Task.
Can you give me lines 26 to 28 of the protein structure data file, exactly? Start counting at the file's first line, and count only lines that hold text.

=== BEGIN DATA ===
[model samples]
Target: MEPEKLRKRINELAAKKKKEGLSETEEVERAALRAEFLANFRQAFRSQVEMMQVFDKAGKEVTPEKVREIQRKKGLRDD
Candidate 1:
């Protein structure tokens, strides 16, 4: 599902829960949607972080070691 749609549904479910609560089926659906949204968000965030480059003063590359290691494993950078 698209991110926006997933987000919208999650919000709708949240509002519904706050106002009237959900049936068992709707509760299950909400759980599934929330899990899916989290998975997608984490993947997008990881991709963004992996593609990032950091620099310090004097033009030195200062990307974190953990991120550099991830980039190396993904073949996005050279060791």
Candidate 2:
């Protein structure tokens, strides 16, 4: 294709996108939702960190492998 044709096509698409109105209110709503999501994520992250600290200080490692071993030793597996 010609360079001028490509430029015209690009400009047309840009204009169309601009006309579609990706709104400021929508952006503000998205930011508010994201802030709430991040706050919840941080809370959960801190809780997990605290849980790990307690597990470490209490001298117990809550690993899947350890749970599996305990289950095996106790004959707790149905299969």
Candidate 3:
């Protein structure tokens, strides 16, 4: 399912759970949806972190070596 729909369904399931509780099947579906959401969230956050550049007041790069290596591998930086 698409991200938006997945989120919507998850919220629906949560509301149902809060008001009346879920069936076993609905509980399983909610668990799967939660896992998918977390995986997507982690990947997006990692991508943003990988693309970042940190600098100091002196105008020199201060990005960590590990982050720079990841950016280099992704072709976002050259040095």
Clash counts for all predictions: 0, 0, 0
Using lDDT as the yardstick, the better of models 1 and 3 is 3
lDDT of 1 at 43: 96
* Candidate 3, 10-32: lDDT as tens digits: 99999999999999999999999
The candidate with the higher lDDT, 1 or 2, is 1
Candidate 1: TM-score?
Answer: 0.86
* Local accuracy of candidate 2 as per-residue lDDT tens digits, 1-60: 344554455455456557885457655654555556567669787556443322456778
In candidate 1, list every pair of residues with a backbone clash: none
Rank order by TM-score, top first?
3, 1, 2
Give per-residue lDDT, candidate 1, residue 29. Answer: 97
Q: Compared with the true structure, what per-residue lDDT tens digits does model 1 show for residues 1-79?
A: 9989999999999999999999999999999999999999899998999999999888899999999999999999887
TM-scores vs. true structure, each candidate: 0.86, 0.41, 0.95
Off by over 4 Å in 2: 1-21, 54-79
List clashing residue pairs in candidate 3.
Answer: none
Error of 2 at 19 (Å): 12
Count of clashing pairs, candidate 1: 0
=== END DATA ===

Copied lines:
Answer: none
Error of 2 at 19 (Å): 12
Count of clashing pairs, candidate 1: 0